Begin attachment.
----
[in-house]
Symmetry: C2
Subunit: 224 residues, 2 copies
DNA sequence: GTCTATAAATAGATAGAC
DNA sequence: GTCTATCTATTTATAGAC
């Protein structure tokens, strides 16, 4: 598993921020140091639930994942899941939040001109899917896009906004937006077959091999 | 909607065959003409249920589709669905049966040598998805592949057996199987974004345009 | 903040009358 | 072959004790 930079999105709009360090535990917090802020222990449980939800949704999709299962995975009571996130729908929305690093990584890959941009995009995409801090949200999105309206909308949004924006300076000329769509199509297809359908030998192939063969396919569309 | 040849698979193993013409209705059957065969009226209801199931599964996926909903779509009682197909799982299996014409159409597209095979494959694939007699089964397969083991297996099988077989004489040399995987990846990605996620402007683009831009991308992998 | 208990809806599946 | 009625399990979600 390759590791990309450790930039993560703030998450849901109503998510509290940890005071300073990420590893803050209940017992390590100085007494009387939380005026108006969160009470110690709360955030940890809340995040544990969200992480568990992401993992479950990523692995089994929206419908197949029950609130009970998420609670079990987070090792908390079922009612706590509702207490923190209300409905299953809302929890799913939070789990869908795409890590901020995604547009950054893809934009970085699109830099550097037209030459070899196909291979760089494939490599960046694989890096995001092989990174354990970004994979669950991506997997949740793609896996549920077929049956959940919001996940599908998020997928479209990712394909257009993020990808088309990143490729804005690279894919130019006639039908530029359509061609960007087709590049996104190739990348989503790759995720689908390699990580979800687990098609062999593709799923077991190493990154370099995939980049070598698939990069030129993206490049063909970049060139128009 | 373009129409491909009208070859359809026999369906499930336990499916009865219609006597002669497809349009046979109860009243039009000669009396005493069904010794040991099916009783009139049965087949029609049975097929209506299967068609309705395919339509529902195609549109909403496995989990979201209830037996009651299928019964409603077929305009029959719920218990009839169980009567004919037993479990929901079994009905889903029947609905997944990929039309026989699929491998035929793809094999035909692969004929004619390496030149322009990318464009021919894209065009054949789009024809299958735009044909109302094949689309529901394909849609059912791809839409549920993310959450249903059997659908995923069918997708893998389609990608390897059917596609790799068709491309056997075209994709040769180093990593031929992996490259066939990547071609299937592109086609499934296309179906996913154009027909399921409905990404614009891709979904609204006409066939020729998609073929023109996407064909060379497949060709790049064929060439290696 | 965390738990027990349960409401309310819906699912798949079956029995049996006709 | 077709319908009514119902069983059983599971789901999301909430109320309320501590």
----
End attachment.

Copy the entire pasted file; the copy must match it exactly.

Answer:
[in-house]
Symmetry: C2
Subunit: 224 residues, 2 copies
DNA sequence: GTCTATAAATAGATAGAC
DNA sequence: GTCTATCTATTTATAGAC
């Protein structure tokens, strides 16, 4: 598993921020140091639930994942899941939040001109899917896009906004937006077959091999 | 909607065959003409249920589709669905049966040598998805592949057996199987974004345009 | 903040009358 | 072959004790 930079999105709009360090535990917090802020222990449980939800949704999709299962995975009571996130729908929305690093990584890959941009995009995409801090949200999105309206909308949004924006300076000329769509199509297809359908030998192939063969396919569309 | 040849698979193993013409209705059957065969009226209801199931599964996926909903779509009682197909799982299996014409159409597209095979494959694939007699089964397969083991297996099988077989004489040399995987990846990605996620402007683009831009991308992998 | 208990809806599946 | 009625399990979600 390759590791990309450790930039993560703030998450849901109503998510509290940890005071300073990420590893803050209940017992390590100085007494009387939380005026108006969160009470110690709360955030940890809340995040544990969200992480568990992401993992479950990523692995089994929206419908197949029950609130009970998420609670079990987070090792908390079922009612706590509702207490923190209300409905299953809302929890799913939070789990869908795409890590901020995604547009950054893809934009970085699109830099550097037209030459070899196909291979760089494939490599960046694989890096995001092989990174354990970004994979669950991506997997949740793609896996549920077929049956959940919001996940599908998020997928479209990712394909257009993020990808088309990143490729804005690279894919130019006639039908530029359509061609960007087709590049996104190739990348989503790759995720689908390699990580979800687990098609062999593709799923077991190493990154370099995939980049070598698939990069030129993206490049063909970049060139128009 | 373009129409491909009208070859359809026999369906499930336990499916009865219609006597002669497809349009046979109860009243039009000669009396005493069904010794040991099916009783009139049965087949029609049975097929209506299967068609309705395919339509529902195609549109909403496995989990979201209830037996009651299928019964409603077929305009029959719920218990009839169980009567004919037993479990929901079994009905889903029947609905997944990929039309026989699929491998035929793809094999035909692969004929004619390496030149322009990318464009021919894209065009054949789009024809299958735009044909109302094949689309529901394909849609059912791809839409549920993310959450249903059997659908995923069918997708893998389609990608390897059917596609790799068709491309056997075209994709040769180093990593031929992996490259066939990547071609299937592109086609499934296309179906996913154009027909399921409905990404614009891709979904609204006409066939020729998609073929023109996407064909060379497949060709790049064929060439290696 | 965390738990027990349960409401309310819906699912798949079956029995049996006709 | 077709319908009514119902069983059983599971789901999301909430109320309320501590």